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'Racist' attack on Dublin homeless camp described as a 'sickening low'

Taoiseach Leo Varadkar and integration junior minister Joe O’Brien have both condemned the incident.

AN ATTACK ON a homeless camp in Ashtown in Dublin has been described as a “sickening low” and criticised by senior members of the Government.

On Saturday afternoon, gardaí received reports of an incident on River Road, Ashtown, Dublin 15.

A garda spokesperson said they “responded quickly and engaged with those present”.

While no formal complaints have been made at this time, gardaí say enquiries are ongoing.

Taoiseach Leo Varadkar described the incident as a “racist attack” and said he would seek more information from Gardaí.

“I don’t have the report from the Gardaí yet but I am going to seek one,” he told Newstalk.

“I am always reluctant to comment on something without knowing the full facts but it has the feel and look of, essentially, a racist attack.”

Earlier, Junior minister for integration Joe O’Brien also said he was “shocked” and “disgusted” at reports of the attack.

“I was shocked, I was disgusted,” he told RTÉ radio.

“It’s very worrying. I’ve worked in the area of migrant rights for 20 years plus, I’ve never been more worried about the safety and security of migrants in the country than I am now.”

In a statement released last night, former Socialist TD and activist Ruth Coppinger said that the attack was carried out by “a number of men with dogs, sticks and a baseball bat”.

Coppinger added that they were shouting “get out” at the occupants of the camp.

The former TD also said that the men “living in the tents are of various EU and non-EU nationalities and had been working and renting here, but had become homeless”.

‘Racist attack’

Speaking today on RTÉ’s Morning Ireland, Coppinger described the incident as a “racist attack” that was preceded by “online commentary”.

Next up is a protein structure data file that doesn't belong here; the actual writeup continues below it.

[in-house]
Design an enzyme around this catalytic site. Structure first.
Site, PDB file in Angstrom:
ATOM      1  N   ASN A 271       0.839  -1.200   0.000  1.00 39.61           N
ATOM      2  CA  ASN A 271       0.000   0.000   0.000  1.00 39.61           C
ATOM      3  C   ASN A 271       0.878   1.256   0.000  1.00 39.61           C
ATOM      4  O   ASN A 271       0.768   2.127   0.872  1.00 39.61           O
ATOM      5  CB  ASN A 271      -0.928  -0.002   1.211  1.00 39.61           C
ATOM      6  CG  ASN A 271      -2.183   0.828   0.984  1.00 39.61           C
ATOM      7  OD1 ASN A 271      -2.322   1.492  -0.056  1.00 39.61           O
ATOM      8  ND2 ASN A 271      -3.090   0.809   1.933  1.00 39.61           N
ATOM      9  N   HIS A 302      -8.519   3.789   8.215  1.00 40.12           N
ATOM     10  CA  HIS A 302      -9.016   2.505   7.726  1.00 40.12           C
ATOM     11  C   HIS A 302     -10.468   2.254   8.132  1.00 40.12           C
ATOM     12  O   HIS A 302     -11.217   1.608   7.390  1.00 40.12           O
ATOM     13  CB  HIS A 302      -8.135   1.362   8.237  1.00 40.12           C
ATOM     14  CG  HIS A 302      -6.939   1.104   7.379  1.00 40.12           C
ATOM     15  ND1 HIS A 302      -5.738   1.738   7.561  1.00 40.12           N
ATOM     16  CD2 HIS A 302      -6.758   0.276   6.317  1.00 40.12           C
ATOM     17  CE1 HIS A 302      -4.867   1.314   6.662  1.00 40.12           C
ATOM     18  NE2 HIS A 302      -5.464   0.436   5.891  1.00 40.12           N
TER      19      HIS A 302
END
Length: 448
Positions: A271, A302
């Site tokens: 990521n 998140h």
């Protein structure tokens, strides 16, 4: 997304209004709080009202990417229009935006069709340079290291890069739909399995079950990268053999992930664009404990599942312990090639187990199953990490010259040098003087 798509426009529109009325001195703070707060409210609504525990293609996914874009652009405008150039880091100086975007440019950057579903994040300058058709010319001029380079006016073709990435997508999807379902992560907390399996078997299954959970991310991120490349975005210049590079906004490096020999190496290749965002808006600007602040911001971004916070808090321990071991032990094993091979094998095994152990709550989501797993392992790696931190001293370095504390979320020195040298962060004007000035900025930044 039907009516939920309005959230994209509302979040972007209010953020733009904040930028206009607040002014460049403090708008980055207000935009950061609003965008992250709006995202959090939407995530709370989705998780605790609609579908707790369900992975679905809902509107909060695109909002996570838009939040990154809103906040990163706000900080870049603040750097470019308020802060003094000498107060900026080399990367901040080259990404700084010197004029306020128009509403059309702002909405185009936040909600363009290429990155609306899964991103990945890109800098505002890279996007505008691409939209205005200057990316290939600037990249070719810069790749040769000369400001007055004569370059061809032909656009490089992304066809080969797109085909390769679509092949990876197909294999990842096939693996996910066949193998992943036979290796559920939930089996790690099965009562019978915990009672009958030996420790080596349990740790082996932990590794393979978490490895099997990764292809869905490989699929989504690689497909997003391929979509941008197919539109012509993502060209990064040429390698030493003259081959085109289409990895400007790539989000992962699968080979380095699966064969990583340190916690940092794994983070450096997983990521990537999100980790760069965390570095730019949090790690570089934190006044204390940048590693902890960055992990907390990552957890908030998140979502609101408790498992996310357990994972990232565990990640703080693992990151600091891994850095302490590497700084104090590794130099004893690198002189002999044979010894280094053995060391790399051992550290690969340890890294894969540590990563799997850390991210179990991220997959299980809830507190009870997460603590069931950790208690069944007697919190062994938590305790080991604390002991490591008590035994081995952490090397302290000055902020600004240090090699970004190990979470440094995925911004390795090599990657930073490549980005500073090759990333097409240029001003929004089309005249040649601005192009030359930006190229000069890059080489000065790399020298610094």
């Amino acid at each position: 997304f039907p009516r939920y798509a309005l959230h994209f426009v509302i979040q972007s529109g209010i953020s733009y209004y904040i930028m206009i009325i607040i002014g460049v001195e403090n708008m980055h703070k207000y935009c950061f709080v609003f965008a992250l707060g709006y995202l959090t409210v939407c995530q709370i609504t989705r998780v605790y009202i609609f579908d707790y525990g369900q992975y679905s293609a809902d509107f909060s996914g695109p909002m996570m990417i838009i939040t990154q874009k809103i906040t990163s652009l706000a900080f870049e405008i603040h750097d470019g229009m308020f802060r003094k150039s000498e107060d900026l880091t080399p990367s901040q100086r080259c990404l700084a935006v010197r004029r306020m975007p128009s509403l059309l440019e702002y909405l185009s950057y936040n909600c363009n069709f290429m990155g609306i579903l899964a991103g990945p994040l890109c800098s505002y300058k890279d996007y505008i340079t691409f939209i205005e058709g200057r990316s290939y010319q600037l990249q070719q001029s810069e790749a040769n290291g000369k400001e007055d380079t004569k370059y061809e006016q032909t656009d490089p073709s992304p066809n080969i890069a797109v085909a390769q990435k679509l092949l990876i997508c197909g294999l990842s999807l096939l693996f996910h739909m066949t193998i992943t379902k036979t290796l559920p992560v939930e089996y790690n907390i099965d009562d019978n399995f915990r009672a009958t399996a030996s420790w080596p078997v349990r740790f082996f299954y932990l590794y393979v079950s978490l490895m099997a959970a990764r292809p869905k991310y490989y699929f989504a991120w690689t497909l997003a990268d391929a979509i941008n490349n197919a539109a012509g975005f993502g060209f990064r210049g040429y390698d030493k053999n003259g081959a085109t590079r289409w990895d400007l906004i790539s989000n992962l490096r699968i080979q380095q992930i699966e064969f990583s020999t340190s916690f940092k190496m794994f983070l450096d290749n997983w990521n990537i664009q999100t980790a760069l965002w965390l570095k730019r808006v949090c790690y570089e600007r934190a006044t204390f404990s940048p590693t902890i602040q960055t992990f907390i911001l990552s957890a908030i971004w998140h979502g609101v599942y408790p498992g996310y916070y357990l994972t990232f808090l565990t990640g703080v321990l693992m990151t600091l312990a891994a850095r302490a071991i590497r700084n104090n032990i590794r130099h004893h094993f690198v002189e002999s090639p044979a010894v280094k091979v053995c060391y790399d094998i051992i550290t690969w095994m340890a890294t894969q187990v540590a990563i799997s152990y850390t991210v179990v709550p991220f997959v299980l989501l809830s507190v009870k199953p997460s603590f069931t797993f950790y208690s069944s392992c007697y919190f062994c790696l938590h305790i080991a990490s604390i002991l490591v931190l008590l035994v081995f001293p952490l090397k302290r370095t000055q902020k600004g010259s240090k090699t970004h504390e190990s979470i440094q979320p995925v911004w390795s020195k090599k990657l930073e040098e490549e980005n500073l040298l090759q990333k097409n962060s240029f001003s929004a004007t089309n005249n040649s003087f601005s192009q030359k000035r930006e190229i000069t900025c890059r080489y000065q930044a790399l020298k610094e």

She added: “This is a sickening low in a recent spate of events that have been stirred up by people who are racist or connected to the far right.”

A show of solidarity has been organised for 6pm this evening at Ashtown Station and Coppinger has called for the “entire community and for people who are concerned about this developing racism to come out”.

She told RTÉ that “minorities are really fearful and they’re experiencing more racism”.

Coppinger also dismissed the “online commentary” that preceded the attack and attempted to link migrants to violence against woman.

“The far right are using unvetted males and linking migrants to rape and violence against women,” Coppinger told RTÉ, “which is the oldest racist trick in the book, to attach migrants to sexual violence.

“I’m a campaigner against gender based violence. We have to reject any notion that migrants are associated with violence against women. Male violence against women is a global pandemic and has preceded any migrants coming into the country en masse.”

Coppinger also expressed concern that camps like these are “now becoming a common feature”.

She added that people in the camps are “victims of the housing crisis, of the decade or more of allowing vulture funds and developers to profiteer from the shortage of housing”.

“I lay the perfect storm that’s generating now for the far-right at the door of the government.”

Coppinger added that this is the first attack on homeless people in the Dublin 15 area she has been made aware of and said the incident happened because it involved a “group of non-Irish people”.

Contains reporting by the Press Association.